Heretic by David Williamson. Sydney Theatre Company at the Canberra Theatre Centre. Directed by Wayne Harrison.Designer: John Fenczuk. Cast includes Robin Ramsay, Paul Goddard, Elizabeth Alexander, Peter Carroll, Jane Harders with Henri Szeps. Season: Wednesday June 12 - Saturday June 15, 1996.
Heretic comes to town next Wednesday June 12. This is David Williamson's newest play, about the personal and intellectual relationship between ANU's very much alive Derek Freeman and the now long dead but not forgotten doyenne of social anthropology, Margaret Mead.
Professor Freeman appears on stage both as a young man and as the older and wiser man he now is, so we will see played out the frustrations which we all experience - sometimes comic, sometimes sad - when we reflect upon our past actions. Margaret Mead created a guru response, especially in her book Coming of Age in Samoa, which became the bible of the view that human behaviour is essentially socially constructed.
In contrast to her Western society where "Adolescence was characterized as the period in which idealism flowered and rebellion against authority waxed strong, a period during which difficulties and conflicts were absolutely inevitable", she found "The Samoan background which makes growing up so easy, so simple a matter, is the general casualness of the whole society" and asks the obvious question: "What is there in Samoa which is absent in America, what is there in America which is absent in Samoa, which will account for this difference?"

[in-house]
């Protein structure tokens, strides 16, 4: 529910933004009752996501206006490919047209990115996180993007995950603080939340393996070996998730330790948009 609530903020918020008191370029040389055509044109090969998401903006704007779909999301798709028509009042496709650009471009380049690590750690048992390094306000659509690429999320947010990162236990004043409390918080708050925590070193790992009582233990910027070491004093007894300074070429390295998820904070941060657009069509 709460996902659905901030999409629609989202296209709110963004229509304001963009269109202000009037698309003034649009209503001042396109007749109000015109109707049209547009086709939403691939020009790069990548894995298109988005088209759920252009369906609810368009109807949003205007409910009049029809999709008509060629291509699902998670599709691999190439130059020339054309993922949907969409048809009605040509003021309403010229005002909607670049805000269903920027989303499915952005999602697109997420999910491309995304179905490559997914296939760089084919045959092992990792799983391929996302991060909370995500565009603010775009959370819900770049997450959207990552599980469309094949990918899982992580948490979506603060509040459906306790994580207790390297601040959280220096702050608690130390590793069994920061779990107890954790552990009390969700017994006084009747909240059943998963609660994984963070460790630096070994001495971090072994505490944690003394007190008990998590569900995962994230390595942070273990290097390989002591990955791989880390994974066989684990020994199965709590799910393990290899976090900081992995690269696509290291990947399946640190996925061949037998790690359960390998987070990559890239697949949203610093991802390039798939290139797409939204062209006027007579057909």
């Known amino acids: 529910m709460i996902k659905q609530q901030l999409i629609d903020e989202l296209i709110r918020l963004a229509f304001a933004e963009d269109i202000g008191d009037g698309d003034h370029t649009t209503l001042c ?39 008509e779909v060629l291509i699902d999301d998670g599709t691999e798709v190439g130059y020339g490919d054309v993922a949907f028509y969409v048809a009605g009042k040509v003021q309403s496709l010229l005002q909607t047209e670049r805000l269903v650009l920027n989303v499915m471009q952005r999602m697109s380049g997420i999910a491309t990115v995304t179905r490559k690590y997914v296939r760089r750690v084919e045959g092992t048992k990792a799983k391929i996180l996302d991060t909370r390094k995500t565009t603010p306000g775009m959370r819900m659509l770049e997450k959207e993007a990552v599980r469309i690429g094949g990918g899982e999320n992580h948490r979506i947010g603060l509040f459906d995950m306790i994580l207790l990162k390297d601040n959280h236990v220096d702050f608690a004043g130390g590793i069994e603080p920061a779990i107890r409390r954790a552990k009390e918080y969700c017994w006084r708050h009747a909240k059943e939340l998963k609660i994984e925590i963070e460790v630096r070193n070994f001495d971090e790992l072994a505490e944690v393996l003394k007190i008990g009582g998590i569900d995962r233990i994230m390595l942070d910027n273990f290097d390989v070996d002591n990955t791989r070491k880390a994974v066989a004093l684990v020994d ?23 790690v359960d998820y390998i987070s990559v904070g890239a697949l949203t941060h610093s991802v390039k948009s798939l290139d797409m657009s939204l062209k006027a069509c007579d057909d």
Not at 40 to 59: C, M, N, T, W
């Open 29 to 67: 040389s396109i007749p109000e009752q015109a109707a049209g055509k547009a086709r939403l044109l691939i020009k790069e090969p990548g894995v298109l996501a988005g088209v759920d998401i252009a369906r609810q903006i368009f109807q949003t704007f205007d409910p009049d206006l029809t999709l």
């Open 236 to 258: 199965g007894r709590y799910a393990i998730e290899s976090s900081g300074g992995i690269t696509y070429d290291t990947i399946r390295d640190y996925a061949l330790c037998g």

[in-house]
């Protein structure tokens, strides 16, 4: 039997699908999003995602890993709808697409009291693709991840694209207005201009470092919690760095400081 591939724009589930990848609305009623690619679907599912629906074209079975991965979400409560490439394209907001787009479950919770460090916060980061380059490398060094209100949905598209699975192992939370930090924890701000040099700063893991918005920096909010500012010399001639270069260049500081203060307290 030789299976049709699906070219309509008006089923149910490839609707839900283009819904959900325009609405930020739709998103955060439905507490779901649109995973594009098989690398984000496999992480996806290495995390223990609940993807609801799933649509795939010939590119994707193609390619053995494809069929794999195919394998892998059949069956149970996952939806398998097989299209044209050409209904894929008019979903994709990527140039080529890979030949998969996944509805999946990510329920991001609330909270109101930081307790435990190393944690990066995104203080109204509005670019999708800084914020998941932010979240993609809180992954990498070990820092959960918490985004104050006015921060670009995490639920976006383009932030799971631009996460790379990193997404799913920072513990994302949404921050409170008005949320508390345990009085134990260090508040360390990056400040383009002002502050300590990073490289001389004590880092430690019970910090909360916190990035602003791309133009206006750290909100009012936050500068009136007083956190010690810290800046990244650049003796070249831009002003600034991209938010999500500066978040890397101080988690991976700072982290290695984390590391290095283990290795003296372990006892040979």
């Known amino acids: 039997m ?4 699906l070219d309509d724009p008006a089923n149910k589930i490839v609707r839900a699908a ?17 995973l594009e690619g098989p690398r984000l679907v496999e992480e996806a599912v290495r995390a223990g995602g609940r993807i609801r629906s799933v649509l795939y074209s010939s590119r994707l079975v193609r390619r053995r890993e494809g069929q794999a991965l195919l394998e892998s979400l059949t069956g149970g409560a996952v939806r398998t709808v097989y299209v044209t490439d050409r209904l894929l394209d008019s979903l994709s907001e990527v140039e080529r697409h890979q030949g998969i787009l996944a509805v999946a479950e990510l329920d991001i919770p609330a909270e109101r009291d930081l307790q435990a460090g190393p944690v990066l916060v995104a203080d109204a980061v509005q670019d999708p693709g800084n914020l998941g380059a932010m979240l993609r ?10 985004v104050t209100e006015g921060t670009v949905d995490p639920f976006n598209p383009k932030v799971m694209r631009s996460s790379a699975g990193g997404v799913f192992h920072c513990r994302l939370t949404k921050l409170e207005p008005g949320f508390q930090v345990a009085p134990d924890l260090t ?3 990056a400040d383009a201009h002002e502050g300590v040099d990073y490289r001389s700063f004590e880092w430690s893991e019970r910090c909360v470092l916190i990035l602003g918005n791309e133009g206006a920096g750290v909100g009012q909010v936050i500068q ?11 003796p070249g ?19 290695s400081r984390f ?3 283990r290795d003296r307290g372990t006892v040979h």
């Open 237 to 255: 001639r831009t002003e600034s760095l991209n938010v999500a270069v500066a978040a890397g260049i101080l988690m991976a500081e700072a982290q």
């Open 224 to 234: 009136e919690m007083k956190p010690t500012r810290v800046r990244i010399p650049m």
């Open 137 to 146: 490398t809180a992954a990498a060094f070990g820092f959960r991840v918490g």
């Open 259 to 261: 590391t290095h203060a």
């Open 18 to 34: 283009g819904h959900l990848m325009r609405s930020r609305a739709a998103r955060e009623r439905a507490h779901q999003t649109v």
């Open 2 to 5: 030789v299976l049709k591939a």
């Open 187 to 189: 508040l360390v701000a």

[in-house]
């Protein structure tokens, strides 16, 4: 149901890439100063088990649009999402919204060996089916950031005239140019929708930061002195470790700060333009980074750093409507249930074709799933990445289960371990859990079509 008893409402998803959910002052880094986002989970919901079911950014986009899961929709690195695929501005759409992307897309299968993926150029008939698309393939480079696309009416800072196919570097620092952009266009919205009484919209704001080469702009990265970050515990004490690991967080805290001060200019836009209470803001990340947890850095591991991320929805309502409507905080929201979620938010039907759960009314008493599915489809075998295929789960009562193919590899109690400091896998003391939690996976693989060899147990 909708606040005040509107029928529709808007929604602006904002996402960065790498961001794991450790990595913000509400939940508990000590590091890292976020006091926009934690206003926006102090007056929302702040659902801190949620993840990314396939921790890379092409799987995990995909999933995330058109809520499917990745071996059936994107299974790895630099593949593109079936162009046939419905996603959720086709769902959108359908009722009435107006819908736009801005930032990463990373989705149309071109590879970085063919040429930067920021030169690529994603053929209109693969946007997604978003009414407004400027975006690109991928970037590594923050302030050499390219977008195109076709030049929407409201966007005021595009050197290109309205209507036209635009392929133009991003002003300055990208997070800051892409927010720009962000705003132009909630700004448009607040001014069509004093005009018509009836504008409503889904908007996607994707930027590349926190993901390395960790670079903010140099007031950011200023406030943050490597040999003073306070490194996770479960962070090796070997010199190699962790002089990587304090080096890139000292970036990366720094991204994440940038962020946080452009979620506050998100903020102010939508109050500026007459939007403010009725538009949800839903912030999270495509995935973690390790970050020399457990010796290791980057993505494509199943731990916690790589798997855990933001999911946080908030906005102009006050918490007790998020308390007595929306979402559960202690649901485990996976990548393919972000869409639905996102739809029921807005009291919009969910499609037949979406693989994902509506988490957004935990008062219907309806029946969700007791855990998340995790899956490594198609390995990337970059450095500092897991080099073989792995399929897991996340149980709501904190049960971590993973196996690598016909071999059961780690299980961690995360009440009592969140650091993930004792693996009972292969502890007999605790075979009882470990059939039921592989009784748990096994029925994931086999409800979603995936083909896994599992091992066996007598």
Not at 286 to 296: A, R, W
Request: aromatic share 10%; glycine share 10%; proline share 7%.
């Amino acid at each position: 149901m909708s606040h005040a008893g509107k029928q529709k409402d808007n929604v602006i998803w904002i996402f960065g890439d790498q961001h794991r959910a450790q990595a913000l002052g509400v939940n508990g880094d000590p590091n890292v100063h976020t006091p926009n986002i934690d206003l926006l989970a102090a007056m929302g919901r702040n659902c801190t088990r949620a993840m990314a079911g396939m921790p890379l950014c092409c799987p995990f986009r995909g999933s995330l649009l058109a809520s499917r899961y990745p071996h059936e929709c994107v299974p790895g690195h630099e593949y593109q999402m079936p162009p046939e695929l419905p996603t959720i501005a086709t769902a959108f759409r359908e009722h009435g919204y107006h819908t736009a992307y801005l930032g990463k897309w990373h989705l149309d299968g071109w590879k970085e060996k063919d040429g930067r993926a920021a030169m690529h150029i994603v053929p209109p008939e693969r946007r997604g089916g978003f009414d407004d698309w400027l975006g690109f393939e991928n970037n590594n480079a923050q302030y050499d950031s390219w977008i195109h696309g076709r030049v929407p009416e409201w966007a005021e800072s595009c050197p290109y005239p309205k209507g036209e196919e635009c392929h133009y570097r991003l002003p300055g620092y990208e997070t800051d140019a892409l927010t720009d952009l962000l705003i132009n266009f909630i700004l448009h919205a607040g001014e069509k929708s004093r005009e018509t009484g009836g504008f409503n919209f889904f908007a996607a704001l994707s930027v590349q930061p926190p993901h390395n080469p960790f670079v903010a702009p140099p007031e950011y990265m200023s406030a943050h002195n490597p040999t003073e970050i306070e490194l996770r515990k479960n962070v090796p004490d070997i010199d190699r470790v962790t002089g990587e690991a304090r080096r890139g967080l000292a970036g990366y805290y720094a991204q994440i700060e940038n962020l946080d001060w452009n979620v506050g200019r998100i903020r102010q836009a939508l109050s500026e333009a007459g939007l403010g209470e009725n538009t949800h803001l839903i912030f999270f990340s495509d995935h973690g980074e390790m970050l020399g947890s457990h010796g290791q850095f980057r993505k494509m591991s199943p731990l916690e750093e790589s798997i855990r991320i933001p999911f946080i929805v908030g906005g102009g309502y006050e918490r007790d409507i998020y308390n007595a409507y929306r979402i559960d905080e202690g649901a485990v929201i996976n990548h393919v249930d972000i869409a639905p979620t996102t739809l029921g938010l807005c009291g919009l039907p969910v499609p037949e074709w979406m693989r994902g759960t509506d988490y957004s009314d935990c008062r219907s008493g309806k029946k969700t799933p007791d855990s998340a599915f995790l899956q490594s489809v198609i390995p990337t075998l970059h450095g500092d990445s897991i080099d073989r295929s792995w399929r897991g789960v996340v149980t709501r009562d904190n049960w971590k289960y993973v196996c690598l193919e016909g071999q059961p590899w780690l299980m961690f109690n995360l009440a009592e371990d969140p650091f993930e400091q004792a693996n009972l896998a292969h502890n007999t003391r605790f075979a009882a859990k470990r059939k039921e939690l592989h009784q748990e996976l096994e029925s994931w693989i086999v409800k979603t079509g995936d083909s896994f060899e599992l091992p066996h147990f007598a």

Mead's description of the sexual freedoms of the Samoan adolescent girls has certainly had its effect on all of us. But was her picture of teenage promiscuity the truth? Derek Freeman fell for the guru until his own research showed Mead's study to have been at fault. Her work became the ideology against which Freeman appears to be a heretic.
Williamson plays not just with the academic issue, but with the nature of the personalities involved. Margaret Mead, according to Williamson, saw herself in a spiritual plane - perhaps she believed in herself as a guru - and her clash with Freeman, the rational man, on the one occasion they met face to face is a moment of dramatic force central to Heretic.
To deal with these characters, David Williamson has become a heretic, too. He set the tradition of the Australian middle-class naturalistic narrative play spiced with verbal wit which has kept him commercially successful for decades. But in his recent Dead White Males he allowed William Shakespeare to confront today's academics in a comic shoot-out. This, he claims, has freed his inhibitions, so we will see Derek the Younger and Derek the Elder, and also Margaret the Dead in what should be a fascinating spiritual contretemps. Williamson, in breaking the unity and thread of his own form of theatre, believes now that he can create what he has described as a greater density in the stage interactions.
So Heretic becomes a new challenge for director Wayne Harrison and designer John Fenczuk. Characters can now be represented in new exciting ways, the success of which we will be able to judge for ourselves next week. As Margaret Mead wrote about the Samoans, as she thought she knew them in 1925, "The attitude towards virginity is a curious one". We will discover what Derek Freeman found out about this, while my curiosity will be focussed as well on the birth of a new kind of play. I wonder how the older David Williamson looks at the plays of his youth. Will this be a second coming?
© Frank McKone M.A., F.A.C.E.
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